Someone once again told me my posts are too long. To compensate for my circumlocution, I shall offer the recipe to become a millionaire.

Nevermind, after writing this long post while overlooking the big pacific blue, I discover that it’s already been thought up and shared by the owner of a basketball team.

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The other week I had lunch with a friend from college. He’s finishing up at a prestigious law school, but he won’t be taking the bar exam. In fact, he says he’ll never practice law at all. You see, he’s come down with entrepreneurial fever. It’s everywhere here in the Bay Area. Sometimes it seems that if you’re not an entrepreneur, then you’re no one at all.

So this friend of mine, he decided to spend his third year of law school forming a company, a business model, and a sleek powerpoint presentation with a couple of fellow students. He was telling me about it over a couple beers while I realized that they’ve got all the pieces in place for success: a marketable idea; a young, bright, and multi-ethnic team to impress early investors; and a dedicated, focused, passion to make it work.

I gave him some feedback on how I think they can make the product/service more successful. If I were smart motivated by money, I would have kept those ideas to myself or at least have told him that I consult on web-related services to content management and distribution.

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But the problem is that I’m not motivated by money: there is no new car I really want to buy, or expensive neighborhood I’d like to live in, or Mediterranean resort island I’d like to visit. What motivates me are walks around Lake Merritt with Mari and library books; both of which are free.

This morning I had to pick up a dresser that we found on Craig’s List. The long drive to San Bruno allowed me to catch up on my podcasts including Eduardo Arcos’ ALT1040. He was talking about the distribution of HD television shows and movies over the web. Just one HD television show, they said, could take up to six or seven hours. I was reminded of a realization I had in Venezuela.

All up and down Sabana Grande, where I was staying and eventually got mugged, are stalls and stalls of vendors selling pirated, burned CD’s for about a quarter each. Of course, this is common all over the world, but Caracas was the first time it clicked in my head that these tent-covered stalls are essentially a distribution channel (even, a user interface) of the internet. Computers, broadband connections, and CD/DVD burners are still relatively rare in Venezuela. So, instead, a centralized “mafia” of users download the songs and movies, burn thousands of discs, and distribute them throughout the neighborhoods of Caracas.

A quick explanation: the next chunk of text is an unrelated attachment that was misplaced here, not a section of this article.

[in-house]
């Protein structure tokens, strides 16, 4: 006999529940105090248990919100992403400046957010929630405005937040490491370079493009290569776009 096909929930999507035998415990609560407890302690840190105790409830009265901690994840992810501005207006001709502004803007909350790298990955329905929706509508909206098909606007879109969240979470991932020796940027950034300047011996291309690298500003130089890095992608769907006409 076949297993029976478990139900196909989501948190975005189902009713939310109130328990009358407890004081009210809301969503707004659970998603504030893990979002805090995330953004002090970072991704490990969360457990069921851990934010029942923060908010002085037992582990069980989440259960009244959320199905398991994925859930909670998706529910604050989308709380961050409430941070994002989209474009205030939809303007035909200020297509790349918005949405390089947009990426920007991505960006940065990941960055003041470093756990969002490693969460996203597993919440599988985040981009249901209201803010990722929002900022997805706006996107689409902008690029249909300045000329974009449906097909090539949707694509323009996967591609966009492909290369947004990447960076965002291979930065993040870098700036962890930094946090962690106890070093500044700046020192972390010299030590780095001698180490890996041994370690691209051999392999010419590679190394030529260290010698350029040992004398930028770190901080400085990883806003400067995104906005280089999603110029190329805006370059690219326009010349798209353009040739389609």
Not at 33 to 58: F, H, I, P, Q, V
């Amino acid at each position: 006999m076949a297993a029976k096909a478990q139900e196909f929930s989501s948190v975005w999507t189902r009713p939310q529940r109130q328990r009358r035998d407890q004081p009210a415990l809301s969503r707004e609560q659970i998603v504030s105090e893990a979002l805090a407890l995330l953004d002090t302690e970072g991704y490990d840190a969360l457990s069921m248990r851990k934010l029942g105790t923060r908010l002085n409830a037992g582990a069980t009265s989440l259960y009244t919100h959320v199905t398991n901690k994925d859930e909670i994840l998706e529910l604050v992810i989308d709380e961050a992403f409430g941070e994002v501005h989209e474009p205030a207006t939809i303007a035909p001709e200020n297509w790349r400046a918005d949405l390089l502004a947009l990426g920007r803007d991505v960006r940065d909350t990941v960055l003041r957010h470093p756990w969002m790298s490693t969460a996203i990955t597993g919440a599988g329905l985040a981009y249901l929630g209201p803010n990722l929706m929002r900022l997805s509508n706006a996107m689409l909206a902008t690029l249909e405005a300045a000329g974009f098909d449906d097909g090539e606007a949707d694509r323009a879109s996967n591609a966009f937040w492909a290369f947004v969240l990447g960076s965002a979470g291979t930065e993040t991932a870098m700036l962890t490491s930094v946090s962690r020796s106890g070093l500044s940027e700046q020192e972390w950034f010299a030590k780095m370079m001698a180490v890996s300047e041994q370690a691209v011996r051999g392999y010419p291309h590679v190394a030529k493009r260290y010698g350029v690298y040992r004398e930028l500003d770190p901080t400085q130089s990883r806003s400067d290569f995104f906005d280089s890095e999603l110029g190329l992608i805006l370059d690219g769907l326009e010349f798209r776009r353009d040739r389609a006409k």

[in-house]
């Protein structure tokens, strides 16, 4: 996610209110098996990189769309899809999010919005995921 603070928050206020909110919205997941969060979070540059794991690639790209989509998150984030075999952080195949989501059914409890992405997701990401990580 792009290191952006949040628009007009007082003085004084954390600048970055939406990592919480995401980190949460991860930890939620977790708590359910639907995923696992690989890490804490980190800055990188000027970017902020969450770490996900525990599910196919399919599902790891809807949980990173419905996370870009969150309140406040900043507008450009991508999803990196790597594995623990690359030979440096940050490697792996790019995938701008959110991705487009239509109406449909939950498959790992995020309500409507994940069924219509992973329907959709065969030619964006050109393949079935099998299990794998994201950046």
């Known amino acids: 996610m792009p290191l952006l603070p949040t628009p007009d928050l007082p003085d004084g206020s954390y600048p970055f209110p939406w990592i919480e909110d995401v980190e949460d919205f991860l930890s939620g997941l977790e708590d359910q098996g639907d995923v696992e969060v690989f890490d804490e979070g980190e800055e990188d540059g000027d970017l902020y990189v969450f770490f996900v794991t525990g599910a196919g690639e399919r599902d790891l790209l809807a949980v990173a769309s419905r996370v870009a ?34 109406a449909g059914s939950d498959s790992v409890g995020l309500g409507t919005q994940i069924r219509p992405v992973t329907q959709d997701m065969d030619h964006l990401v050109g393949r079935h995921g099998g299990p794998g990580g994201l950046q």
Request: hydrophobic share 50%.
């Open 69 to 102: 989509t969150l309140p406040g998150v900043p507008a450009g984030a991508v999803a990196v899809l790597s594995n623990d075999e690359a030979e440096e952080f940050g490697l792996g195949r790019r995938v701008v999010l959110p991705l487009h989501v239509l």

This is basically the business model that is was going to make you a millionaire.

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Though I have been christened the “24-hour tech support” of this relationship, Mari is undoubtedly sys admin of all things related to NetFlix. She’s on top of her shit: updating the queue, checking the mailbox, sending back the viewed DVDs. This is something I could do once a week, but not with the Jedi-like daily consistency that comes to her naturally. But, there’s a problem – sometimes the discs are scratched. Or, like last week when we rented Big Night (highly recommended), they’re broken in two.

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Here’s how to make your millions:

  1. Develop a Tivo-like machine that uses an ejectable, small, 100 gigabyte hard drive.
  2. Sketch out plans of a central digital library that stores copies of the music and videos you’ll offer.
  3. Develop a web-based iTunes-like store that will download the content your customers rent (rather than “buy” … if iTunes DRM content can be considered “bought”) to their 100 gigabyte hardrives until they’re ready to have it sent out to them. (Like netflix, they send in a hard drive and another gets sent out).

Rather than dealing with discs every day and an unmanageable queue (we’ve got around 200 movies on our queue), they’ll download all the music, tv shows, and movies they want and have them all arrive in their mailbox within a day or two.

Obviously, you’ll have to protect the hard drives with DRM to not get sued and you’ll have to either buy a DVD for every digital copy that is sent out or work out a deal with the record labels and studios. CDs and DVDs are fragile and low-capacity. Hard drives are high capacity, sturdier, and longer lasting. It makes more sense to distribute HD content via the mail than over the internet. Especially when people want to watch the shows on their TV, not their computer.

Or you could file a process patent and sell the idea to Apple by convincing them that they already have the iTunes interface and that they could add the hard drive capabilities to the upcoming iTV.

Or … maybe that’s the plan:

The reason for the included USB port is one of the iTV’s great mysteries. Our first guesses are that it either serves the same purpose as the USB port on the current AirPort Express or that it’s for connecting your iPod, instantly giving you access to all the movies, TV shows, podcasts, and music stored there.

Other theories we have seem more in the realm of wishful thinking than likely answers. Perhaps the iTV will optionally accept an external USB hard drive, and play back media stored on the drive?

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